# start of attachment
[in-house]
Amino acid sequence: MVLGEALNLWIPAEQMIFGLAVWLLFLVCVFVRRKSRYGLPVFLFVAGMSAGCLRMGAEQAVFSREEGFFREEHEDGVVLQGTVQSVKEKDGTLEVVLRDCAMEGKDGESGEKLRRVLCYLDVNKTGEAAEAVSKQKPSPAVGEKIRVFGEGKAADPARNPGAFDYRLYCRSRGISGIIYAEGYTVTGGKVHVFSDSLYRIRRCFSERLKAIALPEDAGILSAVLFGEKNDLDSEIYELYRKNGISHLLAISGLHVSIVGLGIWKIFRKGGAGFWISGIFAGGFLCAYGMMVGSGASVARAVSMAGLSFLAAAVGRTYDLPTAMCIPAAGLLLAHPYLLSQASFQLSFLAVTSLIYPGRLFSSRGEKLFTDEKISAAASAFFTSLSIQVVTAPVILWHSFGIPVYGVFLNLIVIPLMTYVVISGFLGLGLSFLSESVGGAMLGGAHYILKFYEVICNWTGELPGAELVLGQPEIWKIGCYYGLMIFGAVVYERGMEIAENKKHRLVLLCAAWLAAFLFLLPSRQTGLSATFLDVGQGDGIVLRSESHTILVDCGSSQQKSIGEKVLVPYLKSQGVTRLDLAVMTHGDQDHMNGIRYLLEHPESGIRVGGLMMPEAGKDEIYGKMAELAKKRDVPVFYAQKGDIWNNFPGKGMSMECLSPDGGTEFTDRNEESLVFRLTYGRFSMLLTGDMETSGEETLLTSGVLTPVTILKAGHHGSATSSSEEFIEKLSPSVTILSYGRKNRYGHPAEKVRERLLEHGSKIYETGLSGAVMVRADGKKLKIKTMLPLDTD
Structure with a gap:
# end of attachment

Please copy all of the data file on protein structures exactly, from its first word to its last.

[in-house]
Amino acid sequence: MVLGEALNLWIPAEQMIFGLAVWLLFLVCVFVRRKSRYGLPVFLFVAGMSAGCLRMGAEQAVFSREEGFFREEHEDGVVLQGTVQSVKEKDGTLEVVLRDCAMEGKDGESGEKLRRVLCYLDVNKTGEAAEAVSKQKPSPAVGEKIRVFGEGKAADPARNPGAFDYRLYCRSRGISGIIYAEGYTVTGGKVHVFSDSLYRIRRCFSERLKAIALPEDAGILSAVLFGEKNDLDSEIYELYRKNGISHLLAISGLHVSIVGLGIWKIFRKGGAGFWISGIFAGGFLCAYGMMVGSGASVARAVSMAGLSFLAAAVGRTYDLPTAMCIPAAGLLLAHPYLLSQASFQLSFLAVTSLIYPGRLFSSRGEKLFTDEKISAAASAFFTSLSIQVVTAPVILWHSFGIPVYGVFLNLIVIPLMTYVVISGFLGLGLSFLSESVGGAMLGGAHYILKFYEVICNWTGELPGAELVLGQPEIWKIGCYYGLMIFGAVVYERGMEIAENKKHRLVLLCAAWLAAFLFLLPSRQTGLSATFLDVGQGDGIVLRSESHTILVDCGSSQQKSIGEKVLVPYLKSQGVTRLDLAVMTHGDQDHMNGIRYLLEHPESGIRVGGLMMPEAGKDEIYGKMAELAKKRDVPVFYAQKGDIWNNFPGKGMSMECLSPDGGTEFTDRNEESLVFRLTYGRFSMLLTGDMETSGEETLLTSGVLTPVTILKAGHHGSATSSSEEFIEKLSPSVTILSYGRKNRYGHPAEKVRERLLEHGSKIYETGLSGAVMVRADGKKLKIKTMLPLDTD
Structure with a gap: